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John Bolton on Iran, Lebanon

Hannity & Colmes

SEAN HANNITY, CO-HOST: And welcome to "Hannity & Colmes." Thank you for being with us. I'm Sean Hannity, coming to you live from beautiful Honolulu, Hawaii. Alan is holding down the fort back in New York.

Tonight, the immigration deal gets debated before Congress, and the battle has heated up on the Hill since its debut last week. Senator McCain blasted Texas Senator John Cornyn over the plan. Things got very heated behind closed doors. And tonight, we'll ask Senator Cornyn all about it.

And then, there's Jimmy Carter, and here is his latest ridiculous statement.


JIMMY CARTER, FORMER PRESIDENT OF THE UNITED STATES: I think, as far as the adverse impact on the nation around the world, this administration has been the worst in history.


HANNITY: We're going to play you his so-called clarification coming up tonight.

Then, a life-changing experience saved George Foreman. He's going to be here to tell us what it was and why it almost kept him from killing Muhammad Ali.

And she's to the right, she's outspoken, and she's not allowed back on PBS. Radio talk show host Melanie Morgan on her ban from the TV station funded by us, the viewers.

Also tonight, what does it mean to be a terrorist? Well, Rosie looked to answer that question today, all the while berating Elisabeth and this very program. We're going to play you that ridiculous tirade.

But first, a deadly car bomb rocks a Beirut neighborhood, leaves five people dead, this coming after a heavy day of fighting that triggered a new front of fighting in the Mideast between Lebanese troops and a terrorist group with Al Qaeda ties. The violence is the worst since the 1975-'90 civil war, and the violence continued throughout the Mideast, as Israel launched two new air strikes against targets in central Gaza after more rockets slammed into an Israeli border town.

Reena Ninan is standing by tonight for us in Jerusalem, and she has the very latest.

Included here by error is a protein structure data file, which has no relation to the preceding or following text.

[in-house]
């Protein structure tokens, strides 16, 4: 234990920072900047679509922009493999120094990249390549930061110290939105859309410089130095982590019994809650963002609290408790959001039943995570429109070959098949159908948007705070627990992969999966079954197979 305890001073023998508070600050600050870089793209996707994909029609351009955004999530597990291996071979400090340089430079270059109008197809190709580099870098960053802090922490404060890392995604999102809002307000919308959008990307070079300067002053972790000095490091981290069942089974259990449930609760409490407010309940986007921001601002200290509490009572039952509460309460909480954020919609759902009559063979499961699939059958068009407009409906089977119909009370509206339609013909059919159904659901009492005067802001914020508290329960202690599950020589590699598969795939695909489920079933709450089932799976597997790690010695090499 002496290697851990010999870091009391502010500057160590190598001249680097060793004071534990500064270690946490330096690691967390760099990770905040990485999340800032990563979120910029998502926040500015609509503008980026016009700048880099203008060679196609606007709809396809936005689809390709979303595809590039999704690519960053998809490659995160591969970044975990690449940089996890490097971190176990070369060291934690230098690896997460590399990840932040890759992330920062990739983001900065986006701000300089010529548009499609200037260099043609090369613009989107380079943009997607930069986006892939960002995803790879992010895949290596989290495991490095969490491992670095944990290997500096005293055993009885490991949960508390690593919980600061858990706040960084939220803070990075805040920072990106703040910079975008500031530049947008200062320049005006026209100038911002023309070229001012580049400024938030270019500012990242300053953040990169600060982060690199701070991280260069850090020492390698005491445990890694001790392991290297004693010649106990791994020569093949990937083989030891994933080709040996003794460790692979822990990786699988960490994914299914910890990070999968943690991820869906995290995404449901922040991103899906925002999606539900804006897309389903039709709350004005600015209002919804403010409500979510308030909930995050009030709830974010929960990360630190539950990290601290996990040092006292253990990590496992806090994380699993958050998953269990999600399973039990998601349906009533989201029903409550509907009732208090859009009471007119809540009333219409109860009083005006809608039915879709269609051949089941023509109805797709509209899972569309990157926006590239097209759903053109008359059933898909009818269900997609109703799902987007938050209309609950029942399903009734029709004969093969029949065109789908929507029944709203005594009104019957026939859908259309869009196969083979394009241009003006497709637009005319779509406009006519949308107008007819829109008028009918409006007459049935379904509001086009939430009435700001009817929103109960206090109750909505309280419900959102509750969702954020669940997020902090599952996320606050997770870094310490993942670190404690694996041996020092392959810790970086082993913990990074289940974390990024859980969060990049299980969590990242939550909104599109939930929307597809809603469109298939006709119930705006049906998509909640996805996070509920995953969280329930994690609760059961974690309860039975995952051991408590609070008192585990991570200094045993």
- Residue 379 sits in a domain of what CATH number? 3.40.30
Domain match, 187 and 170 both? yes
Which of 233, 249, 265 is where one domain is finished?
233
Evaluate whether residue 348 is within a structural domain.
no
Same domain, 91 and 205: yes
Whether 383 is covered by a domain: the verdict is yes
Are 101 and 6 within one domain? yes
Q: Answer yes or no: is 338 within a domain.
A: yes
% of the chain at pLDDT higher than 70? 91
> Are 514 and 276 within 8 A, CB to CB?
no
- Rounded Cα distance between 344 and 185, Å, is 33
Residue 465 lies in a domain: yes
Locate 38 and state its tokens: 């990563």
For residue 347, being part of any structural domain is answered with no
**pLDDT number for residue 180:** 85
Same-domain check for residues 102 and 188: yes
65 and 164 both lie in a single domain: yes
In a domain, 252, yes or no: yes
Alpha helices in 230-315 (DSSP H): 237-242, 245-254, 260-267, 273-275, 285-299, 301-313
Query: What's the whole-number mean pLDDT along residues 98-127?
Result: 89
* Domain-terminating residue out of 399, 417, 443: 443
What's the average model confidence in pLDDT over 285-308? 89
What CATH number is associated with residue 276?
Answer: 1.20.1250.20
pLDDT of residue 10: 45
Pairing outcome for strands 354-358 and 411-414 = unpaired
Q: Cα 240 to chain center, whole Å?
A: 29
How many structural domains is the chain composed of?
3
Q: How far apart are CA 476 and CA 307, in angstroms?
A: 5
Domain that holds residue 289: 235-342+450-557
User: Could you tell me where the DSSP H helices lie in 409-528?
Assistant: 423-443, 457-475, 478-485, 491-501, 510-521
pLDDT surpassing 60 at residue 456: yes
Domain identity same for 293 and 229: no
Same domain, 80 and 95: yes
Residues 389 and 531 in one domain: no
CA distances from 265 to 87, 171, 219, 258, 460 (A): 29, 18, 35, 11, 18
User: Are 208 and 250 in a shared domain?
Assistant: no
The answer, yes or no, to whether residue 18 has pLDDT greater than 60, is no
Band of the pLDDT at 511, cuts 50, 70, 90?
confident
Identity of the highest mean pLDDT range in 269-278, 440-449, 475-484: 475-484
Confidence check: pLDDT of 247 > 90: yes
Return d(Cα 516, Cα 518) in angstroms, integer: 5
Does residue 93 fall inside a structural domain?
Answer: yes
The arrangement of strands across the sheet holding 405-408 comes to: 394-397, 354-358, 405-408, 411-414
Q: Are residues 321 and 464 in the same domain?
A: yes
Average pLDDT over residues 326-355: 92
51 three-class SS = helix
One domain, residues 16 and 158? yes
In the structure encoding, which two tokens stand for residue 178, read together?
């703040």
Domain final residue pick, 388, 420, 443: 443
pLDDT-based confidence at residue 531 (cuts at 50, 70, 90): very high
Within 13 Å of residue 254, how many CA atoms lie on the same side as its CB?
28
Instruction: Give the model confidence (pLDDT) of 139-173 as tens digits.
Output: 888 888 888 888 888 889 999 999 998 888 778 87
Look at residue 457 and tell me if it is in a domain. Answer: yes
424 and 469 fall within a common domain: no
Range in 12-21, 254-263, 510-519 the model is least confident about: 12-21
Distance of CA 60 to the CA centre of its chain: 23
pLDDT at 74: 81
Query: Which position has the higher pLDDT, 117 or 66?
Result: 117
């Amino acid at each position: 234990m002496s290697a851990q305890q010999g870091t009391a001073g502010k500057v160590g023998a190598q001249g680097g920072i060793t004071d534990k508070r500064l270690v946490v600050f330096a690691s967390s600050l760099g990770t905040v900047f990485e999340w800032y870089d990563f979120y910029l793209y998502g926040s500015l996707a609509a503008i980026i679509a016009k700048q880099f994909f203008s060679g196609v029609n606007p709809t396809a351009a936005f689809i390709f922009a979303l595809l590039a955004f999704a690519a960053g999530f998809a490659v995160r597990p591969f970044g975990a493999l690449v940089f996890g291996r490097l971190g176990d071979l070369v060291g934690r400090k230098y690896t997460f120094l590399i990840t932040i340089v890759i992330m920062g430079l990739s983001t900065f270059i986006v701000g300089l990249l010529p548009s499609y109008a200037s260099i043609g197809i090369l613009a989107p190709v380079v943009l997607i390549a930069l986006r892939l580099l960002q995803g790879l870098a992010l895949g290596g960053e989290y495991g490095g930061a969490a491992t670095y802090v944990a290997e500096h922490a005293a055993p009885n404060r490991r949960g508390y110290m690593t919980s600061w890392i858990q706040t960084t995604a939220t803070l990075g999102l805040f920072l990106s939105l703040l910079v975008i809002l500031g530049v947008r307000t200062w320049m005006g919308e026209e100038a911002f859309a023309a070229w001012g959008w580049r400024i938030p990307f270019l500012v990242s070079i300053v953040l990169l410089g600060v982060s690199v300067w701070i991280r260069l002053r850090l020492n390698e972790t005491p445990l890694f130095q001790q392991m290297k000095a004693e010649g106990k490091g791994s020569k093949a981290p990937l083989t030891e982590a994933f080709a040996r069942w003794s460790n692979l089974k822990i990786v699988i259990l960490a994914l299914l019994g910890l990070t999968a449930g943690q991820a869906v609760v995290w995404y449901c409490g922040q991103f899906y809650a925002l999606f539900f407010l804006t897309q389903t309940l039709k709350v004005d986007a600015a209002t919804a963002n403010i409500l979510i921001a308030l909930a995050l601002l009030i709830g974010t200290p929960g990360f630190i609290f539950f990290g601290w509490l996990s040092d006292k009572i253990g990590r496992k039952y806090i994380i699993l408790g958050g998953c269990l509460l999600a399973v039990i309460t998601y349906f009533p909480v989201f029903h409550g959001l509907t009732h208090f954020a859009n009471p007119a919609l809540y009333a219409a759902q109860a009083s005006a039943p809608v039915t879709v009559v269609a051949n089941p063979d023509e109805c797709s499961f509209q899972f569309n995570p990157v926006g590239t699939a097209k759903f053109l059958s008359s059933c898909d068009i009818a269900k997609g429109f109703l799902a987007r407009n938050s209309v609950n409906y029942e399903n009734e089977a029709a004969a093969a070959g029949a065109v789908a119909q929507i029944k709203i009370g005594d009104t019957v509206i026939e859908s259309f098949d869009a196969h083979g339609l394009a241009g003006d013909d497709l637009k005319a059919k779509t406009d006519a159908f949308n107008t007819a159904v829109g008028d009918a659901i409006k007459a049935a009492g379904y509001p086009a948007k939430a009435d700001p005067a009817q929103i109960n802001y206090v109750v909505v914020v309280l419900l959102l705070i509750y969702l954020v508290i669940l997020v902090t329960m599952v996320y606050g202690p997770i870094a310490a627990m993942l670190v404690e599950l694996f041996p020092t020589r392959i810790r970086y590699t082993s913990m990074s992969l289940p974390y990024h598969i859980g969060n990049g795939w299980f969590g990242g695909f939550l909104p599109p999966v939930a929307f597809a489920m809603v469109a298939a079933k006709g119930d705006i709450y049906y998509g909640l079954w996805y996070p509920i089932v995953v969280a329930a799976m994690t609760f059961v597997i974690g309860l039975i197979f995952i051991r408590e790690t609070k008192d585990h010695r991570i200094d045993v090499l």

REENA NINAN, FOX NEWS CORRESPONDENT: Hi, Sean. It's two days of fierce fighting in Lebanon, none of it preplanned by the Lebanese government. In fact, today the Lebanese army pounding this Palestinian refugee camp with tanks. That is where these militants are holed up. In fact, these militants responded with mortars.

All of it began yesterday when the Lebanese army went in to try and arrest key militants. The Lebanese government says these militants are linked to Fatah al-Islam, which is believed to be behind a dual bus explosion in Lebanon in February. More than a dozen Lebanese killed in that attack.

At least nine Palestinian refugees killed in the crossfire today. The death toll well over 50, half of them Lebanese soldiers. Plus, al-Islam has threatened to attack other parts of Lebanon if the Lebanese army does not stop firing.

The group is headed by Shaker al-Absi. Absi was released from a Syrian jail recently. He's also been linked to a 2002 assassination of U.S. diplomat Lawrence Foley in Jordan. The Lebanese government says Absi was cooperating with Syria to sabotage an international tribunal to oversee who killed former Lebanese Prime Minister Rafik Hariri. Some Lebanese officials believe Syria is responsible for their death, but that, of course, is something that the Syrian government denies.

And, today, not too far from here, in Israel, there was an Israeli woman killed by a Qassam rocket flying in from Gaza by Hamas militants. She is the first fatality in those Qassam rockets that have escalated in the past week or so. And Israel today responding with two air strikes on Hamas targets.

Send it back to you, Sean.

HANNITY: All right. Thanks, Reena.

And for more on this, we bring in former U.S. ambassador to the United Nations, John Bolton.